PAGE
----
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Midland Compound 1000

Midland Railway 1000 Class


Type and origin

Power type         Steam

Designer             Samuel Waite Johnson: renewed as superheated Deeley compound by Henry Fowler

Builder                Derby Works

Build date           1902–1909

Total produced   45

Rebuild date       1913–1928



Configuration      4-4-0

UIC classification2′B h3v

Gauge                 4 ft 8 1⁄2 in (1,435 mm)

Leading wheel    diameter3 ft 6 1⁄2 in (1.080 m)

Driver                  diameter7 ft 0 in (2.134 m)

Fuel type             Coal

Boiler                   2631–2635 and 1000–1004: G8½

Remainder:         G9

All rebuilt with      G9AS

Boiler pressure    220 psi (1.52 MPa)

Cylinders             Three, one inside high-pressure,  two outside low-pressure

High-pressure     cylinder size19 in × 26 in (483 mm × 660 mm)

Low-pressure      cylinder size21 in × 26 in (533 mm × 660 mm)

Valve gear          Stephenson

Valve type           HP: piston valve,  LP: slide valves


Performance figures

Tractive effort      21,840 lbf (97.1 kN)



Operator             MR → LMS → BR

Class                  1000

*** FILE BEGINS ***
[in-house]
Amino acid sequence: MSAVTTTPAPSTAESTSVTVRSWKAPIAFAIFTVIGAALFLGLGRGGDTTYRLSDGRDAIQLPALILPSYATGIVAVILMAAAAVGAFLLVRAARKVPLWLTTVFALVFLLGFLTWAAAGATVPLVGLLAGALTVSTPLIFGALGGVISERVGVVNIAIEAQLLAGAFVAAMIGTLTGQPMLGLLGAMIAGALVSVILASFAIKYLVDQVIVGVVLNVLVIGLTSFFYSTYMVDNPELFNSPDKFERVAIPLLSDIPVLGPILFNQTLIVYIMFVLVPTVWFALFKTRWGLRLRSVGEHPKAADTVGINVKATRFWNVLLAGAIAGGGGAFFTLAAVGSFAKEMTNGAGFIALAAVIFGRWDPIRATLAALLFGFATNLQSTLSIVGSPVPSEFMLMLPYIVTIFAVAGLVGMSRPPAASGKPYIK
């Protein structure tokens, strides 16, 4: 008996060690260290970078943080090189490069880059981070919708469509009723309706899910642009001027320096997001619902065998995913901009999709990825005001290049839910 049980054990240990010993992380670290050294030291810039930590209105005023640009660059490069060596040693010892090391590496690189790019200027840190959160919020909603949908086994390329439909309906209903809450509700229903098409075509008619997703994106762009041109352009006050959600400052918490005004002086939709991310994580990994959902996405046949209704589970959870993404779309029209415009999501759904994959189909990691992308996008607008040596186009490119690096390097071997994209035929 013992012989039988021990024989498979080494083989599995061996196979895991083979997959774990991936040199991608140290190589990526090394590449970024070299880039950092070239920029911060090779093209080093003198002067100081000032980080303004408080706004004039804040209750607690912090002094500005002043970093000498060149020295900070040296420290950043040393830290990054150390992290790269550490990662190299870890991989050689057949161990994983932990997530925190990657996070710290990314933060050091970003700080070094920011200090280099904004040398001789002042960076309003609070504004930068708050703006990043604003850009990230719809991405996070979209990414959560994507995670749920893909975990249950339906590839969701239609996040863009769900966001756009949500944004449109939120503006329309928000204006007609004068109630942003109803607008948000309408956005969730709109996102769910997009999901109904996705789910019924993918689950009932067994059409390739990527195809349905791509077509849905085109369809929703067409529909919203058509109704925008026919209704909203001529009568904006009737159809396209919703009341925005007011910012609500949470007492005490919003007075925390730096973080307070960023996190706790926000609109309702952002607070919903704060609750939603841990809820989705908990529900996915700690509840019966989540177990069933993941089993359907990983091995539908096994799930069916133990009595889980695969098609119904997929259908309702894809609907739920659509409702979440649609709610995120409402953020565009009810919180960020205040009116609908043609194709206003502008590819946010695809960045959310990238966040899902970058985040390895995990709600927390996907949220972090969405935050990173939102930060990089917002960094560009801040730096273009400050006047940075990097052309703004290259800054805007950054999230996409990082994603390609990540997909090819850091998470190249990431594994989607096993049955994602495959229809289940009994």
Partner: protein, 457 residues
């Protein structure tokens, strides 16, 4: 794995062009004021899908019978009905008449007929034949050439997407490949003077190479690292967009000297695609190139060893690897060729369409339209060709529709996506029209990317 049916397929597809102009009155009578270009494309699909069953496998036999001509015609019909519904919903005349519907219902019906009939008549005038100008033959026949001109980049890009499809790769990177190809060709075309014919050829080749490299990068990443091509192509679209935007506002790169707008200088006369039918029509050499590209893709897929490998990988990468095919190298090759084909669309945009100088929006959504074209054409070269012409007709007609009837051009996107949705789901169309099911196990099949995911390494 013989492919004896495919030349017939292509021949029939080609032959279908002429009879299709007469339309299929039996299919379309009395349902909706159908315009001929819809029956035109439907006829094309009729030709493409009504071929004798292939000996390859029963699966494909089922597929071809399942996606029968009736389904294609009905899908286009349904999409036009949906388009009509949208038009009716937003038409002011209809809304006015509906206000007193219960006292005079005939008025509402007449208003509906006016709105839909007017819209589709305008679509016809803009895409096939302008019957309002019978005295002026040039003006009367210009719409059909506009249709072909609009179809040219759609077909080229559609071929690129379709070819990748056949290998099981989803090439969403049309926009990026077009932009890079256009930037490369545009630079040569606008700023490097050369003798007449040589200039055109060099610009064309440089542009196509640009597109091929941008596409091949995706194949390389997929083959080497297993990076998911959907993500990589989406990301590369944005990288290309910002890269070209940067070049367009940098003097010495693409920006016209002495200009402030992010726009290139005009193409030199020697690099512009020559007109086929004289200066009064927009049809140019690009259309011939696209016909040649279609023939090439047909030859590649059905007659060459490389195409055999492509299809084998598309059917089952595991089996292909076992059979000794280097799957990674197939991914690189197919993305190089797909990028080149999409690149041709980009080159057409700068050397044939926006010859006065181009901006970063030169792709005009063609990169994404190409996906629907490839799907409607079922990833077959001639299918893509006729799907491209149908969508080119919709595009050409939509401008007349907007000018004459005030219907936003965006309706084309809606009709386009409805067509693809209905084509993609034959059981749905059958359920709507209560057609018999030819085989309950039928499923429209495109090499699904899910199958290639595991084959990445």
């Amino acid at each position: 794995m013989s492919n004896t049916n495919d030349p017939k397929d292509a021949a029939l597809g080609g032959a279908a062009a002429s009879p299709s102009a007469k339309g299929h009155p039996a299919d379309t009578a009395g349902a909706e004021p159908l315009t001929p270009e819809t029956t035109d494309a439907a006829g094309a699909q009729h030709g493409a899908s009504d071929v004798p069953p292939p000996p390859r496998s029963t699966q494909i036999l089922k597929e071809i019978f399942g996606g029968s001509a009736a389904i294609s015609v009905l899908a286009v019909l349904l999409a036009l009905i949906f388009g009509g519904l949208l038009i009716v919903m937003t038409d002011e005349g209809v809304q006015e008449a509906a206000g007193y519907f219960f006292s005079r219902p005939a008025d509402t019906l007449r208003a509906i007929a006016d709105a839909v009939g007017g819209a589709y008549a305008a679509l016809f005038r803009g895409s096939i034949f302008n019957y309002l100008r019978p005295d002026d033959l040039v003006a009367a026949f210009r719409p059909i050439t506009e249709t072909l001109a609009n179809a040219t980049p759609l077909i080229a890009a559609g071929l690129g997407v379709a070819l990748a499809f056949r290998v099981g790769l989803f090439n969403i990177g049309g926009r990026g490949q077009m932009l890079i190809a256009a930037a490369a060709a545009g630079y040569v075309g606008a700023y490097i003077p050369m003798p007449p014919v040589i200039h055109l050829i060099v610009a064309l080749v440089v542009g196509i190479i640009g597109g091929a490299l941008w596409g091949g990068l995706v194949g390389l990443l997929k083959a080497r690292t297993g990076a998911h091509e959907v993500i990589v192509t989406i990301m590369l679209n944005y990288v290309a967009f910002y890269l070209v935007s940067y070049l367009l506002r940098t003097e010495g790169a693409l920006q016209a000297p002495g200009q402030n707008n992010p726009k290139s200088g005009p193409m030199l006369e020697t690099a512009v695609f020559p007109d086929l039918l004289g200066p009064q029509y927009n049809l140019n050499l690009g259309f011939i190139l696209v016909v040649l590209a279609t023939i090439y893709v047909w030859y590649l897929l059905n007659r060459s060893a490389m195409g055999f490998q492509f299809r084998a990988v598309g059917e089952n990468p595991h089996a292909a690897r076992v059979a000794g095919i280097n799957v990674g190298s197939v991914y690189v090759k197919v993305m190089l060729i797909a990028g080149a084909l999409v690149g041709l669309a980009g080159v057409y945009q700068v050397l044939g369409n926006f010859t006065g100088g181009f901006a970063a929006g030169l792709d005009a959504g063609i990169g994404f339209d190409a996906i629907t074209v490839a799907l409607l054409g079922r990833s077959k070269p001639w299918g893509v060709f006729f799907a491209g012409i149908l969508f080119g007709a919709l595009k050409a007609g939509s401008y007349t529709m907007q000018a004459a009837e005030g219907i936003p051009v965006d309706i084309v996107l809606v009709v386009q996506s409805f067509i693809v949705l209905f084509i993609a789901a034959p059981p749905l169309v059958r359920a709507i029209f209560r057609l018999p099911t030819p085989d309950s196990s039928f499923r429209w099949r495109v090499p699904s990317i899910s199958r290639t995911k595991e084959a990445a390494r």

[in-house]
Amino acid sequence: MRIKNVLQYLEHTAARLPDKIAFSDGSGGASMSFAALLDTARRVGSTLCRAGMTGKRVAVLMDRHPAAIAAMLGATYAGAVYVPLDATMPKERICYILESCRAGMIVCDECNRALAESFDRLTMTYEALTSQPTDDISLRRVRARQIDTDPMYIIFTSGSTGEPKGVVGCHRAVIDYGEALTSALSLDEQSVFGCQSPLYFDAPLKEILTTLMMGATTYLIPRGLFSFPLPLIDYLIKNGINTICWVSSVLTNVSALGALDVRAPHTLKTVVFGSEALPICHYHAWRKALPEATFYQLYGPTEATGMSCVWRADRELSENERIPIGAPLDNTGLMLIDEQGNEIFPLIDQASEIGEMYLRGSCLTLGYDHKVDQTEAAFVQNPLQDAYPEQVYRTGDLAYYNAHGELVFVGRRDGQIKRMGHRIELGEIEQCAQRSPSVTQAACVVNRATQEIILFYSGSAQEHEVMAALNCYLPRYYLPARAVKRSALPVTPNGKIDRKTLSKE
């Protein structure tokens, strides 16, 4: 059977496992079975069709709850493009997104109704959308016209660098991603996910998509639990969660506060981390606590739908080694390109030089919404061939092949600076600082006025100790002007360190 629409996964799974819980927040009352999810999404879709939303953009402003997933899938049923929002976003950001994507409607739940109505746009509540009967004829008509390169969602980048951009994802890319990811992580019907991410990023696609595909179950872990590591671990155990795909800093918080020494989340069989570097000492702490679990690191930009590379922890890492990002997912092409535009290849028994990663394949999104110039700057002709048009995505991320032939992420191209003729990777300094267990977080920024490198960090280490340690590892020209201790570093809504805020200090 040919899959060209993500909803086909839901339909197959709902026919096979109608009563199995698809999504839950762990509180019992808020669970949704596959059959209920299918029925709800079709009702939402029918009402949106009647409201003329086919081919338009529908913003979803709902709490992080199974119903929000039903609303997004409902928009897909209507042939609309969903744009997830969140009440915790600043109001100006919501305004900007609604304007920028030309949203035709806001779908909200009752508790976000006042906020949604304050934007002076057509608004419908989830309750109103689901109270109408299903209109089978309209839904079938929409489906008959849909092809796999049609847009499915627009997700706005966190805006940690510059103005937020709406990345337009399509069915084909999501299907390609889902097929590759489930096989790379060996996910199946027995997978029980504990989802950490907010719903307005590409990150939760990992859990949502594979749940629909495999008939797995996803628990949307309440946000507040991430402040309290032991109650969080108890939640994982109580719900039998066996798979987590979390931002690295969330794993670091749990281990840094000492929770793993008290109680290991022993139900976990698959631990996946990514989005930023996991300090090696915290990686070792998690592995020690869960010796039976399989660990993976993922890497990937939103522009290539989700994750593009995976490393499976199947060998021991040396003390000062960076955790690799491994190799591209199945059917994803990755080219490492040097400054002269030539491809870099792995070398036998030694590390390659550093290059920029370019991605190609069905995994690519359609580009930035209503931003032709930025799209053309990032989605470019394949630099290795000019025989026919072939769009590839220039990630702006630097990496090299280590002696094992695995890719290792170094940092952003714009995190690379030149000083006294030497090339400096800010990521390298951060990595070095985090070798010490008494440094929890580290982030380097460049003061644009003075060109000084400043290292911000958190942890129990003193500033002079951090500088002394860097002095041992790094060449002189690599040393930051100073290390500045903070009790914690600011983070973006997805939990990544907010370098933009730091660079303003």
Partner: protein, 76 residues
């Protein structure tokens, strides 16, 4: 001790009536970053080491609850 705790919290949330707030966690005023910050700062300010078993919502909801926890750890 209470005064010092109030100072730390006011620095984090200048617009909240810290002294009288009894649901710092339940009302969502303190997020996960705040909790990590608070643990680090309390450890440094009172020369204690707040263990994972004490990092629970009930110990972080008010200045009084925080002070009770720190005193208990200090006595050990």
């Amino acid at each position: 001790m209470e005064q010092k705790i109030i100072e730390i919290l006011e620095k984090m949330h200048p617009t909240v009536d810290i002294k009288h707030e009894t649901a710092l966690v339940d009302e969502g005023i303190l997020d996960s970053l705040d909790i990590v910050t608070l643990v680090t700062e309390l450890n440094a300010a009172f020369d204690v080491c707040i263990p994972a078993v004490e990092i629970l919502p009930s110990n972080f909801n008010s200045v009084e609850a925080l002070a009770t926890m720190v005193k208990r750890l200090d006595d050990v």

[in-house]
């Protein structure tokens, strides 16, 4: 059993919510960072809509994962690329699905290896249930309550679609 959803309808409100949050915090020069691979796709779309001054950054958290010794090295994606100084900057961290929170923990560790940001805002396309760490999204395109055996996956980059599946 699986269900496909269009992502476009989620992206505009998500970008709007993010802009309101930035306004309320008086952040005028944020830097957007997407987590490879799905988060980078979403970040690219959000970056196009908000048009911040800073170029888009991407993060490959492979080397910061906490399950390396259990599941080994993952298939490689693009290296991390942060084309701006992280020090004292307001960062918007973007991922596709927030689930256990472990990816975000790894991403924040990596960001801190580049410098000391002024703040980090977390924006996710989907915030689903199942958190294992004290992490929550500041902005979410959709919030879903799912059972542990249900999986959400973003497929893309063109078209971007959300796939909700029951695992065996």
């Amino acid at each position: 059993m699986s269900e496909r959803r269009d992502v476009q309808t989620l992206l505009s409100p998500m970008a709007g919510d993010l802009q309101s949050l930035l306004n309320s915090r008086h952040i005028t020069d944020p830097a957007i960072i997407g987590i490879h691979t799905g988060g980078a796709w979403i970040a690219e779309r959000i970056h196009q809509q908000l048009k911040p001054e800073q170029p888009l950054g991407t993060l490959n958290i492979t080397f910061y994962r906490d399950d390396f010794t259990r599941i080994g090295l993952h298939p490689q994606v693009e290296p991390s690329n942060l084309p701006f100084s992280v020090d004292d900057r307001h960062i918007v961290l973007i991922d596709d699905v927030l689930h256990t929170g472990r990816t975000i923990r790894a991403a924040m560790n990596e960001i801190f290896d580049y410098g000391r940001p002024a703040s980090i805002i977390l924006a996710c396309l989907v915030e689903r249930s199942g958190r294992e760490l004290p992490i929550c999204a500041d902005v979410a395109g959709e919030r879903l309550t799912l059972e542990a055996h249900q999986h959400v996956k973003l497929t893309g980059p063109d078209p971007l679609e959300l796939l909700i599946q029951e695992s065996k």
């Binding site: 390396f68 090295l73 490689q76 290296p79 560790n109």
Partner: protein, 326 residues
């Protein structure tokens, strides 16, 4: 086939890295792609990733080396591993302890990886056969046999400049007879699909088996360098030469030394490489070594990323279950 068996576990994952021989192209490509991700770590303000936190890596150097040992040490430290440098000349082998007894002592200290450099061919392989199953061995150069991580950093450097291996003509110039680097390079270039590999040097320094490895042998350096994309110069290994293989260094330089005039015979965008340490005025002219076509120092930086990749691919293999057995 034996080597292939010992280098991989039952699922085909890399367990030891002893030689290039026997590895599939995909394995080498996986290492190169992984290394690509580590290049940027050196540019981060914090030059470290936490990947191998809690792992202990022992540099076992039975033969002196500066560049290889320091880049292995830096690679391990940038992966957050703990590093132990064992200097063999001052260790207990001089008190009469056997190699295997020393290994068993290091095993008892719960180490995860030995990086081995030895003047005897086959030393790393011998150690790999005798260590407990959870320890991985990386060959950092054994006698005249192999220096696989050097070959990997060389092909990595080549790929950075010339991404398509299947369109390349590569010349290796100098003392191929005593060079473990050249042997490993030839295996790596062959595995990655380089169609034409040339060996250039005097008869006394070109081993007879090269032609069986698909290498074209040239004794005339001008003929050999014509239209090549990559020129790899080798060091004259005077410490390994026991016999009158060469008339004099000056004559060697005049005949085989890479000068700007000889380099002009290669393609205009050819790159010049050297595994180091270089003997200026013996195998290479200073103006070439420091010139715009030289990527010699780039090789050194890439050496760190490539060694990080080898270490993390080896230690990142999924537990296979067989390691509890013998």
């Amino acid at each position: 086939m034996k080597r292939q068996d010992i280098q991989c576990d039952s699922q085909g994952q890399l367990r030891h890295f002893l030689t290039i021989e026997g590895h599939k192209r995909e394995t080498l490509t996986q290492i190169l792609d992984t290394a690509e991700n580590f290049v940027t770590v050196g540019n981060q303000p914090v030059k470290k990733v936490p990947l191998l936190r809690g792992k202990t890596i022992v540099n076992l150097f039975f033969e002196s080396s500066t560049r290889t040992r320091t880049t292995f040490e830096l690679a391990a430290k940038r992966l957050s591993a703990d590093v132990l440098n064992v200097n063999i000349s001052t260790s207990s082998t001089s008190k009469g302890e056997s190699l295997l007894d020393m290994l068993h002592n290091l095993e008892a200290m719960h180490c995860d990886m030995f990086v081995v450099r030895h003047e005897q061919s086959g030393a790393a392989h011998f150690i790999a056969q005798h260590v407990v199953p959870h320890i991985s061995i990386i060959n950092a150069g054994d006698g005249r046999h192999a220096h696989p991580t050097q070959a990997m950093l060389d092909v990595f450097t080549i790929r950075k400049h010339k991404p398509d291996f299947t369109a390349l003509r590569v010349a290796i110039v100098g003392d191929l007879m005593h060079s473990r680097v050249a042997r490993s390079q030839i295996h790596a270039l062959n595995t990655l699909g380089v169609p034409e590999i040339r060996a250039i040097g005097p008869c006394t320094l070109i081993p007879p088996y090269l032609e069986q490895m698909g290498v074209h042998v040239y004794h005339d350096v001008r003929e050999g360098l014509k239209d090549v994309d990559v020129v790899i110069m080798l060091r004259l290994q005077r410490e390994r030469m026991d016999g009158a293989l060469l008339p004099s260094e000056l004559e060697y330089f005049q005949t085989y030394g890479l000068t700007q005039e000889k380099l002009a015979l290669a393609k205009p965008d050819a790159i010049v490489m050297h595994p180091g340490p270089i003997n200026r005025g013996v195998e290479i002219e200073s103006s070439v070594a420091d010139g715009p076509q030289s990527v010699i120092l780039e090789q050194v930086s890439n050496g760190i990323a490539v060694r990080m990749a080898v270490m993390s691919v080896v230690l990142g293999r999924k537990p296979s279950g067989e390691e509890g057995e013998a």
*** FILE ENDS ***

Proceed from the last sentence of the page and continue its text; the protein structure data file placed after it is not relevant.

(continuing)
Power                 class 4P

Disposition         One preserved, remainder scrapped.

These were developed from a series of five locomotives (2631–2635), introduced in 1902 by Samuel W. Johnson, which had had a 3-cylinder compound arrangement on the Smith system. This had a layout of one high pressure cylinder inside the frames, and two low pressure cylinders outside, and utilised Smith's starting arrangement. On the first two locomotives, independent control of high-pressure and low-pressure valve gears was available. From 1905 onwards, Johnson's successor Richard Deeley built an enlarged and simplified version, eliminating all the Smith refinements whilst fitting his own starting arrangement, making the engines simpler to drive. These locomotives were originally numbered 1000–1029, but in the 1907 renumbering scheme the five Smith/Johnson locomotives became 1000–1004 and the Deeley compounds 1005–1034, ten more of these being added in 1908–1909. The original Johnson locomotives were all subsequently renewed as Deeley compounds, including the now-preserved 1000 which was rebuilt and outshopped with a superheater in 1914.

Numbered 1000–1044 by both the Midland and LMS companies, British Railways renumbered the Midland series of compounds 41000–41044 after nationalisation in 1948.

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